You know at first it was going on pretty well, mostly the same as the movie although interspersed with long diatribes about genetics and science and pYou know at first it was going on pretty well, mostly the same as the movie although interspersed with long diatribes about genetics and science and programming, and that was fine, and I thought it was about four star quality, but the second half was just ridiculous. This is one of the few times I've seen a movie leave out pointless action sequences. There's this whole long nonsense about rafting down the river and pterodactyls and the T-Rex coming back every two seconds like a homing missile and it becomes completely unbelievable that they survived all that. And THEN out of the blue after they finally come back, the power is on, they're safe at the lodge, Grant and Ellie decide to go BACK out into the raptor nest, it was just too silly. How would they not be delirious by then after all those hours awake and on the run I don't know, or perhaps that accounts for the lapse in judgement. Either way it was too much, the scientists seemed recklessly moronic.
I would also like to mention the deaths are different in the book, some I expected from the movie never happened and some people that didn't die in the movie died in the book.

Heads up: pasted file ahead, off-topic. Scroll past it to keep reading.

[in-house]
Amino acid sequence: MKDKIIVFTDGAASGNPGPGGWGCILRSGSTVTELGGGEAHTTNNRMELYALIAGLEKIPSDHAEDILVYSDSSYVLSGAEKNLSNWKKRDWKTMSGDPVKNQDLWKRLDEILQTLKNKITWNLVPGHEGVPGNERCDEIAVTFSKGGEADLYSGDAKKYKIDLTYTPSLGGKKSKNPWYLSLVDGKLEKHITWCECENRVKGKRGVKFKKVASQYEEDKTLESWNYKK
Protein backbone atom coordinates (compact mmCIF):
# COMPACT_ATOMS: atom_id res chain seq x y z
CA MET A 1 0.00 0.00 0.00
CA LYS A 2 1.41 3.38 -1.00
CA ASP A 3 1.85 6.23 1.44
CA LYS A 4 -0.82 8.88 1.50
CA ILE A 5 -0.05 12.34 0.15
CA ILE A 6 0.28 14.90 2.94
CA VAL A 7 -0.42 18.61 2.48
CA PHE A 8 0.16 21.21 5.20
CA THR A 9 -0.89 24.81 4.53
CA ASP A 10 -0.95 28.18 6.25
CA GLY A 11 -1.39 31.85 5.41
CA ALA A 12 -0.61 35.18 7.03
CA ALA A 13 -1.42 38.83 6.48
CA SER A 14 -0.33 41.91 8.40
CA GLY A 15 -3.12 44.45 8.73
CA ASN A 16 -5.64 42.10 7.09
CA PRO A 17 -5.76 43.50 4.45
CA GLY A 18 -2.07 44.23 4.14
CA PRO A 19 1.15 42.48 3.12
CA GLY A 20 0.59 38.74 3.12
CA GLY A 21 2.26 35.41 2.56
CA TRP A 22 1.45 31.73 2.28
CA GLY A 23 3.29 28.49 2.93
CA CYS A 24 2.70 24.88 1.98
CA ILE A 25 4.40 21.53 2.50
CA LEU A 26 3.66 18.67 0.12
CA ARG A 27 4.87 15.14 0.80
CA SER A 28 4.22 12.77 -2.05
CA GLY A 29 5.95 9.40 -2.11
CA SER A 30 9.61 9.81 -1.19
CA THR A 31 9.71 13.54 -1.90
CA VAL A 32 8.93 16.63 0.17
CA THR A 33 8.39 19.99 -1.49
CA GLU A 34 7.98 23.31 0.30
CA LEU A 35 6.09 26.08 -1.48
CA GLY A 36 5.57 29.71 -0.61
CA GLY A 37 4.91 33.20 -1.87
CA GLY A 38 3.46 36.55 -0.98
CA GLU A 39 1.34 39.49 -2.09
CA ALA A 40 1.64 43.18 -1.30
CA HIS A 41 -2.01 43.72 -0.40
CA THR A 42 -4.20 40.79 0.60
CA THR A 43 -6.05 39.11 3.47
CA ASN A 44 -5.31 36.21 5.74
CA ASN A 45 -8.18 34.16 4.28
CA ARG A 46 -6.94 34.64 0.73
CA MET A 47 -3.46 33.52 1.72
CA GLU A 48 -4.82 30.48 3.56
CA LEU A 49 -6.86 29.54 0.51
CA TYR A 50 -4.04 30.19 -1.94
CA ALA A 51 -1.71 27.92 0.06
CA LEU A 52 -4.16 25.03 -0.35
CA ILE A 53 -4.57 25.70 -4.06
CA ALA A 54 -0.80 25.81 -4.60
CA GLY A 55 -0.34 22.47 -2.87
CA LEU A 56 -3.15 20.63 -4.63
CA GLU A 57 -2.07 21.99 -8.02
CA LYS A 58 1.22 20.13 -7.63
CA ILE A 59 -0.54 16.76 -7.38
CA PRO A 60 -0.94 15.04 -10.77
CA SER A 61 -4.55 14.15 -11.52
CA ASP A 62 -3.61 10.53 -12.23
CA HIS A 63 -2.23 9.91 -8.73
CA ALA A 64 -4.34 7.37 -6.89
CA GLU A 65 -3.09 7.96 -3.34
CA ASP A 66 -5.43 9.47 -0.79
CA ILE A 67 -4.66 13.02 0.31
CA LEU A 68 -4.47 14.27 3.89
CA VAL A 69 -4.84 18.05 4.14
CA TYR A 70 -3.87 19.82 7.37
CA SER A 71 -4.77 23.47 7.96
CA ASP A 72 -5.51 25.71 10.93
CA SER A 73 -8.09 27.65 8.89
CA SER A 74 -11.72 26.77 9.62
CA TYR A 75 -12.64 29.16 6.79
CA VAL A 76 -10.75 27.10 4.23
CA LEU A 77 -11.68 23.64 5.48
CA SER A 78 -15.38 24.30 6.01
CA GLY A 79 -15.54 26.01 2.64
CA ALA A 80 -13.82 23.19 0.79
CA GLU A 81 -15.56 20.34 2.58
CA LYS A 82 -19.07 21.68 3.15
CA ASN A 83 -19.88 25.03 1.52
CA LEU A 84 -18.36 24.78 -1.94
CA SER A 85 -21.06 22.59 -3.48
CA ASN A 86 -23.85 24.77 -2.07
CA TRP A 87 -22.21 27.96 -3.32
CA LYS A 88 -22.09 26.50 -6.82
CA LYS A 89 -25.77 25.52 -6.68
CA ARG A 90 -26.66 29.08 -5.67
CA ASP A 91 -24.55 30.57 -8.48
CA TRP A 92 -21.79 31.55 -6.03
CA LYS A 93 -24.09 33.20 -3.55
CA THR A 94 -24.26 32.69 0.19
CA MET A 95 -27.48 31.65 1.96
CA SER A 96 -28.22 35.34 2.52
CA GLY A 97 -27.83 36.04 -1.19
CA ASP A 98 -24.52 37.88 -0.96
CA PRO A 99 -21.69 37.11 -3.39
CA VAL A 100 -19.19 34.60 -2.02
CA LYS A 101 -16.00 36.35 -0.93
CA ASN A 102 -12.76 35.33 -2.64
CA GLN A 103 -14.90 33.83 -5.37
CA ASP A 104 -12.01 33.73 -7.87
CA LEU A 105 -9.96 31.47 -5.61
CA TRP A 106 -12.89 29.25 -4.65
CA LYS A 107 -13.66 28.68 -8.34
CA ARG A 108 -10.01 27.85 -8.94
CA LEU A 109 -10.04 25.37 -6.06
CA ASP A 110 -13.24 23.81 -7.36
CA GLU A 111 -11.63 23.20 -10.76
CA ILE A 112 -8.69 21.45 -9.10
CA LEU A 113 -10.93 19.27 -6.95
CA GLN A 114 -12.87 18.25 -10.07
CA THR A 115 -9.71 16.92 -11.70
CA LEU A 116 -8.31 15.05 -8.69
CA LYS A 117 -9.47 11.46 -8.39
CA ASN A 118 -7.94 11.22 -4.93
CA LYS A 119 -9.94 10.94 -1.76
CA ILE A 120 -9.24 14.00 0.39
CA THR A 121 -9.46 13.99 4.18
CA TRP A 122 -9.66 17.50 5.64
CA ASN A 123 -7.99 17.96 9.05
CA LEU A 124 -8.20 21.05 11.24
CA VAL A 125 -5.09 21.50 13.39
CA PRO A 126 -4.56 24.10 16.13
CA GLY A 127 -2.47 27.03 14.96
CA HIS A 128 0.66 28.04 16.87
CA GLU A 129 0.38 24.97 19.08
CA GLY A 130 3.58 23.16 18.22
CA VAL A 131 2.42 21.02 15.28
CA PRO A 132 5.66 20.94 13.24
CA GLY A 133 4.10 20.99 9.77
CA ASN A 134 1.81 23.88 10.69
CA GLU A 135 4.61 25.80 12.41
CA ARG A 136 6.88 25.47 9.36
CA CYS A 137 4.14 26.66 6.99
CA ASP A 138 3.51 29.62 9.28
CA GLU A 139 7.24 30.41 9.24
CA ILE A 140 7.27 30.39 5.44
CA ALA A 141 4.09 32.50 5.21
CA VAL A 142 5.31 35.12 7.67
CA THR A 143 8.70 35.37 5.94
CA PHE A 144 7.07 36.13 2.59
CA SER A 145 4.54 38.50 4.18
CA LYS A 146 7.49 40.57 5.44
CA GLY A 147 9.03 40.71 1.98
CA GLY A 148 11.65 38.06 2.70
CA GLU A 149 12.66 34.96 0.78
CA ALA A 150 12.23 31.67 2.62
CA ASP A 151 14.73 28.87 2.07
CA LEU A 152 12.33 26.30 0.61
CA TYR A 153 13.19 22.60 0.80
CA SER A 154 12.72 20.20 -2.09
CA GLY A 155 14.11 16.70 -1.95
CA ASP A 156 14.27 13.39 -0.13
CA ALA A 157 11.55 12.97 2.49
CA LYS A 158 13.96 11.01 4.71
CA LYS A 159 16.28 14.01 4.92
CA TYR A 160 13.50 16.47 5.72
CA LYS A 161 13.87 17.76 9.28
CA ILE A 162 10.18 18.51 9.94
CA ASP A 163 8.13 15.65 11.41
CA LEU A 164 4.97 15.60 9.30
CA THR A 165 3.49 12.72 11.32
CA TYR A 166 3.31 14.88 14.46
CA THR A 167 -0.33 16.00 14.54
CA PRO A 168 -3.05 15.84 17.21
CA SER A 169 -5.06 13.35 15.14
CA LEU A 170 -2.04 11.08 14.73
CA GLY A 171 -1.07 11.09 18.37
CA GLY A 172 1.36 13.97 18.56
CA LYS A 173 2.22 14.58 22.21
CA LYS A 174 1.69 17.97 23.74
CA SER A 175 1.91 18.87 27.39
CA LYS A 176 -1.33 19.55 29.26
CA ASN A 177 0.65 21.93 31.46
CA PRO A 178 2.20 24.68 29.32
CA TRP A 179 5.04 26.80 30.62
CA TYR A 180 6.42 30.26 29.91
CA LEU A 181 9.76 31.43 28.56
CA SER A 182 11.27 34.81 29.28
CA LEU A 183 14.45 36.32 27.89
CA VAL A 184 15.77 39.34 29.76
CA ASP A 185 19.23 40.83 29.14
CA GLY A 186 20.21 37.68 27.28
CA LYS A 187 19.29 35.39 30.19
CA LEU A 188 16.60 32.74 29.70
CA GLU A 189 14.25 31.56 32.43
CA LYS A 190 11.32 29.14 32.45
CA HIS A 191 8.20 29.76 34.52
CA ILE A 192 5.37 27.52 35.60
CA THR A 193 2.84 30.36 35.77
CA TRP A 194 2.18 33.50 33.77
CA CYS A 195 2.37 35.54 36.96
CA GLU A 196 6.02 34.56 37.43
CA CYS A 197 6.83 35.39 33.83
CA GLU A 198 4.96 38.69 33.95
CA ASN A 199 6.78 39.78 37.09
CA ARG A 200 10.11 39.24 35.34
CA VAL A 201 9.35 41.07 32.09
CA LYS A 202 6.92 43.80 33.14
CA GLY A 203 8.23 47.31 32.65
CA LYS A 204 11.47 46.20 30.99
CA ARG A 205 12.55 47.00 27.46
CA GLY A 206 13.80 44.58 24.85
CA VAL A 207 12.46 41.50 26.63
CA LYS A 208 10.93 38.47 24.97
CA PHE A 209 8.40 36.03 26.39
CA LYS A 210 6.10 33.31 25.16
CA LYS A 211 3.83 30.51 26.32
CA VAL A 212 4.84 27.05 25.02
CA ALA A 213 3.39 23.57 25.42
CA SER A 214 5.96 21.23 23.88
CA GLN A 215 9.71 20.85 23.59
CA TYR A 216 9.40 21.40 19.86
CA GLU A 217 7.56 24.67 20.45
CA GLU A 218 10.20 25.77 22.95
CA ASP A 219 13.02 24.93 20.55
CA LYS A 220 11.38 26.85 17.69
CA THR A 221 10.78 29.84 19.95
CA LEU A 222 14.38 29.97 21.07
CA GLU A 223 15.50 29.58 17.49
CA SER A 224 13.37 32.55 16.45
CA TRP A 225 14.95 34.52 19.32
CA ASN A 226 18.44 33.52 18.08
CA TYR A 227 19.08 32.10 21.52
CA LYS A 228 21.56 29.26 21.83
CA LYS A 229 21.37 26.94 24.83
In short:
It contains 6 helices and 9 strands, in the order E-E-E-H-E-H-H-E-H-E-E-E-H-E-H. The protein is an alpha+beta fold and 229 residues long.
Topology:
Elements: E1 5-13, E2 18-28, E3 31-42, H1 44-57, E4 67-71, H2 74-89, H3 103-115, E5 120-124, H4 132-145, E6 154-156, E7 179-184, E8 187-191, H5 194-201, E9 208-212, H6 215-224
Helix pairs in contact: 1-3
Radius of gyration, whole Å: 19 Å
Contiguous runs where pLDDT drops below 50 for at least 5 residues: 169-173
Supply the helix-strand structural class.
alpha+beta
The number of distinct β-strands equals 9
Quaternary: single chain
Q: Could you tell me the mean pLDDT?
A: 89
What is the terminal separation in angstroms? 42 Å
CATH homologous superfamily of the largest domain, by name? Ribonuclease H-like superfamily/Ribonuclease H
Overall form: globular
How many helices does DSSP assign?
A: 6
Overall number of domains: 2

I guess I rec it if you're really into the movie and want to see the source material but I would say the movie is far better, it trims the fat and improves the ending by not dragging it out like the book does. ...more
2.5 stars, really. Rounding up because I can't give it a half.
It's not what I expected or wanted, it's more of a history lesson of sorts, more than a2.5 stars, really. Rounding up because I can't give it a half.
It's not what I expected or wanted, it's more of a history lesson of sorts, more than anything, with a bit of philosophy. If you're looking into it because you're interested in m/m romance like I was, this is not the book for you. Instead of depicting a homosexual relationship as the genres may imply, you could say it's better defined as biromantic heterosexuality, if we're getting technical, seeing as the narrator Alexias suggests that being sexual with Lysis is vulgar, and that that's why they have women. (The deeply rooted ancient Greek misogyny is quite apparent as well.)
I don't recommend this unless you're looking specifically for a historical painting of Ancient Greece. The focus isn't on the relationship but more on war, politics, and philosophy. ...more
Okay so I'll make this brief because I don't need to belabor how much praise I have for this book.
I think that personally for me this will be the besOkay so I'll make this brief because I don't need to belabor how much praise I have for this book.